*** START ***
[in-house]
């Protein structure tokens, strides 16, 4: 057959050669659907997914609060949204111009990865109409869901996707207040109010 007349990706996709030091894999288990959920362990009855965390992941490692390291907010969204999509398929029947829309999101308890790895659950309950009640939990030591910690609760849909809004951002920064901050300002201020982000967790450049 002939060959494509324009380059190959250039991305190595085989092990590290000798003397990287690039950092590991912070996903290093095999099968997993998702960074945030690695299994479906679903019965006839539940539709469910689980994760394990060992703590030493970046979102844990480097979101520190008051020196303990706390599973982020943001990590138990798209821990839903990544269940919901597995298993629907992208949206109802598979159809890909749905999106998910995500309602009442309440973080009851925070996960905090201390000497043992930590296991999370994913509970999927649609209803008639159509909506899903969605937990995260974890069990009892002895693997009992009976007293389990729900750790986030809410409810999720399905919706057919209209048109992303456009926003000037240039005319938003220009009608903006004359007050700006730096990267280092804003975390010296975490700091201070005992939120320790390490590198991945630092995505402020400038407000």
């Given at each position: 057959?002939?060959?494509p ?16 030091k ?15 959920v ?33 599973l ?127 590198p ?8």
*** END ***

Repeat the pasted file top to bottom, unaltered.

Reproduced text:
[in-house]
């Protein structure tokens, strides 16, 4: 057959050669659907997914609060949204111009990865109409869901996707207040109010 007349990706996709030091894999288990959920362990009855965390992941490692390291907010969204999509398929029947829309999101308890790895659950309950009640939990030591910690609760849909809004951002920064901050300002201020982000967790450049 002939060959494509324009380059190959250039991305190595085989092990590290000798003397990287690039950092590991912070996903290093095999099968997993998702960074945030690695299994479906679903019965006839539940539709469910689980994760394990060992703590030493970046979102844990480097979101520190008051020196303990706390599973982020943001990590138990798209821990839903990544269940919901597995298993629907992208949206109802598979159809890909749905999106998910995500309602009442309440973080009851925070996960905090201390000497043992930590296991999370994913509970999927649609209803008639159509909506899903969605937990995260974890069990009892002895693997009992009976007293389990729900750790986030809410409810999720399905919706057919209209048109992303456009926003000037240039005319938003220009009608903006004359007050700006730096990267280092804003975390010296975490700091201070005992939120320790390490590198991945630092995505402020400038407000």
């Given at each position: 057959?002939?060959?494509p ?16 030091k ?15 959920v ?33 599973l ?127 590198p ?8």